MONTPELIER -- A Mennonite pastor is scheduled to be sentenced in March for his conviction on a charge he helped a Virginia woman and her daughter flee the country three years ago rather than allow the girl to have regular visits with the woman’s former lesbian partner.
Kenneth Miller of Stuarts Draft, Va., faces up to three years in prison when he is sentenced in federal court in Burlington on March 4.
His attorney, Brooks McArthur of Burlington, wouldn’t say last week what sentence he would seek for Miller. He plans to file a sentencing memo ahead of the hearing.
Kenneth Miller was convicted last summer for helping Lisa Miller and her daughter Isabella flee the country in 2009, several days before the girl was scheduled for a weekend visit with Lisa Miller’s former partner, Janet Jenkins of Fair Haven. It was also two months ahead of an anticipated order from a Vermont judge transferring custody of the girl from Lisa Miller to Jenkins. The Millers are not related.
A civil lawsuit by Jenkins at the conclusion of Kenneth Miller’s criminal trial is also pending. A number of the defendants, including Kenneth Miller, Liberty University and the Thomas Road Baptist Church, both in Lynchburg, Va., filed documents in court late Friday asking a judge to dismiss the civil case filed by Jenkins.
And Miller’s attorneys continued to fight a subpoena from federal prosecutors that he testify before a grand jury, presumably about other people involved in helping the Lisa Miller and her daughter travel from Virginia to Canada and then on to Nicaragua where they are still believed to be living.
Kenneth Miller had been scheduled to testify last week before the grand jury, but a federal appeals court in New York pushed that back.
"We do not want to put him in the position where if he testifies in front of the grand jury, he may make a statement that may be adverse to him at his sentencing," said McArthur. "We’re looking forward to litigating the issue down in New York before the 2nd circuit."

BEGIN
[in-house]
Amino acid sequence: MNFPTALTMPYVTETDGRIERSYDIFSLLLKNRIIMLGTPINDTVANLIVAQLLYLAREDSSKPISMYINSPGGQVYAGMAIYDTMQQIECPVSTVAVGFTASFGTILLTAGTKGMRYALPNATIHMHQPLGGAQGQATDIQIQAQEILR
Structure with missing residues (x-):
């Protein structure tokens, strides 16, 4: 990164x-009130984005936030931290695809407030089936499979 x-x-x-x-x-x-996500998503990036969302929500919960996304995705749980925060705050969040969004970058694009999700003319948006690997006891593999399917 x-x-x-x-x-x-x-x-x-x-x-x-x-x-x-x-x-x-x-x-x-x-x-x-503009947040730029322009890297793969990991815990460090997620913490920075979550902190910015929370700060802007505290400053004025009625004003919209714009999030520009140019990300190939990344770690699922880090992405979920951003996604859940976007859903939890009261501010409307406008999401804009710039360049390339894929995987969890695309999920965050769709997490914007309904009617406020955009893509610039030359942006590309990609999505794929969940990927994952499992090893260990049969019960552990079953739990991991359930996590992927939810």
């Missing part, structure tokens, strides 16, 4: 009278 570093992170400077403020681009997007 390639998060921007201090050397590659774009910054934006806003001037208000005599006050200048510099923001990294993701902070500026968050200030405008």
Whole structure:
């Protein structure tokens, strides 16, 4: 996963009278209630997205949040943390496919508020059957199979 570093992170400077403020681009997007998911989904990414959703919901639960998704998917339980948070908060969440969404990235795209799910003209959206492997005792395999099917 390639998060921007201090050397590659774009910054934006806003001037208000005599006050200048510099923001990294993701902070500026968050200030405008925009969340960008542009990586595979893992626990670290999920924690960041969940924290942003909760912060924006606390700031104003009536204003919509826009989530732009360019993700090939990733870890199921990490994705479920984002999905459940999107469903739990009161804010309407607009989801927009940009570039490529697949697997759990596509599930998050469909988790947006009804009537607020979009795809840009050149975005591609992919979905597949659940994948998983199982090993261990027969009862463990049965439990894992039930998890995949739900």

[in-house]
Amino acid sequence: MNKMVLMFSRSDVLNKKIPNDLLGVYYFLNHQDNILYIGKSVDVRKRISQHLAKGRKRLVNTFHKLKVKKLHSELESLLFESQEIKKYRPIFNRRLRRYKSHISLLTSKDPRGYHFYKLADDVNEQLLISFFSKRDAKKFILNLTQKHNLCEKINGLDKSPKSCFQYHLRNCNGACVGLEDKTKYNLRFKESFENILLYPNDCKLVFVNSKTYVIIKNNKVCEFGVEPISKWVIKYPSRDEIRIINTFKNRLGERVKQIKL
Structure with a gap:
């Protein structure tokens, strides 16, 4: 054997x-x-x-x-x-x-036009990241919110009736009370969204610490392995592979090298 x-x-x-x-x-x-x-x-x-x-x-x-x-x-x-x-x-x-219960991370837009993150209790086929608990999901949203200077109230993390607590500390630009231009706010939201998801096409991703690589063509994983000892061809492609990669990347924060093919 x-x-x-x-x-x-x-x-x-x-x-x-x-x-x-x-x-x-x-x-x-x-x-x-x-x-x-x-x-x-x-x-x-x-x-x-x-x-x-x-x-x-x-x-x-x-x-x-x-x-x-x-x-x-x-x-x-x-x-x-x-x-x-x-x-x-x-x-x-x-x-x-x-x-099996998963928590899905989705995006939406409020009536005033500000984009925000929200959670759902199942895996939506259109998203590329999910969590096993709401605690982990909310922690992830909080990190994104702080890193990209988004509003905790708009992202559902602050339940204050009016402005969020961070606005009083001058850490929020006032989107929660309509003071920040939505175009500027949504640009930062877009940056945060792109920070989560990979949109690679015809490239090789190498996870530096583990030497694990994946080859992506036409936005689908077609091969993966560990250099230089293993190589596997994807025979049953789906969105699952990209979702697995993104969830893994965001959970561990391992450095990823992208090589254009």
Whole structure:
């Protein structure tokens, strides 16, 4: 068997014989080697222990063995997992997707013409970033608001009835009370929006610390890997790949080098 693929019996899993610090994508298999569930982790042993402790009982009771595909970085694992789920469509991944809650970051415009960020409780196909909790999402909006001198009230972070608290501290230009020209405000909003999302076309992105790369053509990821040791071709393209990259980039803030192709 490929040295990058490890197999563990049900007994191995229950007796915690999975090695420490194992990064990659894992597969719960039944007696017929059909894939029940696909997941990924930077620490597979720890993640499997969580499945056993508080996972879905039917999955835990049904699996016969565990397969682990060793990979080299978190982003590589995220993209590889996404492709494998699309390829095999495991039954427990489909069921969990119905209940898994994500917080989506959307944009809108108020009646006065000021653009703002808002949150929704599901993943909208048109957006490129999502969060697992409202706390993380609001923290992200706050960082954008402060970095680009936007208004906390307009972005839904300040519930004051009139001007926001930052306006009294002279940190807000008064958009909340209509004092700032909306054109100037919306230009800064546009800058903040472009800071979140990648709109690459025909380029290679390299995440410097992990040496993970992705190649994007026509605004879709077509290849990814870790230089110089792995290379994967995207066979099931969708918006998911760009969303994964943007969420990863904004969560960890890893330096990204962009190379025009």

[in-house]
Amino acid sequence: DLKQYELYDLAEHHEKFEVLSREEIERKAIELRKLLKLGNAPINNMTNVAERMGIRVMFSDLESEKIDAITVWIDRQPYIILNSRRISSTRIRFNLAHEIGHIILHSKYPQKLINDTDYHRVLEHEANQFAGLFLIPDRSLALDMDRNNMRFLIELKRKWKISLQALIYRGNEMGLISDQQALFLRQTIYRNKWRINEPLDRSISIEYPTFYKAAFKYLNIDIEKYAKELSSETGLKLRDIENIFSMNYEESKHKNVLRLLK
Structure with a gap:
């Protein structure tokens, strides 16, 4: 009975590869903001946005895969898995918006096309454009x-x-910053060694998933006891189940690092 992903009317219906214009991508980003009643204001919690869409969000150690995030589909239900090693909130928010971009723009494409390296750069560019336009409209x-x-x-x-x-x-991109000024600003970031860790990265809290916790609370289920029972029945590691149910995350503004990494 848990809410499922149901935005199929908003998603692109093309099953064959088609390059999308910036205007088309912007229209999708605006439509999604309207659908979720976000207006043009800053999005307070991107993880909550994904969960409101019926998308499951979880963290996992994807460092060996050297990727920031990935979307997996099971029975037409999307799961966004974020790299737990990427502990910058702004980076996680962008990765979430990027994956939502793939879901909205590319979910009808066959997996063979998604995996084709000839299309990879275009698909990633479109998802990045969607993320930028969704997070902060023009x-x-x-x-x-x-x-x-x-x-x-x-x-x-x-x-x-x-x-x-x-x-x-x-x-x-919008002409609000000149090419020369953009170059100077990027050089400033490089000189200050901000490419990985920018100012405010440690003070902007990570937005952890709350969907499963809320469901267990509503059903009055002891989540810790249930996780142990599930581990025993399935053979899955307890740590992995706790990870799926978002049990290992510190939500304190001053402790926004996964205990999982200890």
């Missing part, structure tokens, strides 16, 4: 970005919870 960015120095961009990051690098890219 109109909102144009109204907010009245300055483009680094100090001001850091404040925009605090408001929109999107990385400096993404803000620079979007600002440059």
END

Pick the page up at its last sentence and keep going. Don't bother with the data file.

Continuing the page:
Prosecutors have guaranteed Miller immunity for his grand jury testimony, court documents showed. The U.S. attorney’s office refuses to discuss the grand jury proceedings.
Jenkins and Lisa Miller were joined in a Vermont civil union in 2000 and Isabella was born to Lisa in 2002. The couple split in 2003. A Vermont family court awarded custody of Isabella to Lisa Miller but gave Jenkins regular visitation.
Lisa Miller returned to Virginia, became a conservative Christian, renounced homosexuality and sought full custody of the girl. The two fought a yearslong legal battle that reached the supreme courts of Vermont and Virginia. The U.S. Supreme Court declined to hear the case.
Ultimately, the courts agreed the case should be treated the same as any custody dispute between heterosexual parents.
During Kenneth Miller’s August trial, prosecutors used cellphone records and sometimes-reluctant witnesses to lay out a broad network he oversaw that helped Lisa Miller and Isabella travel first to Canada and then Nicaragua.
At Jenkins’ lawsuit, she maintains Miller and the others conspired to kidnap Isabella, thwarting the family court orders that Isabella spend time with Jenkins and, after the change of custody was ordered, that Jenkins was to become the legal parent.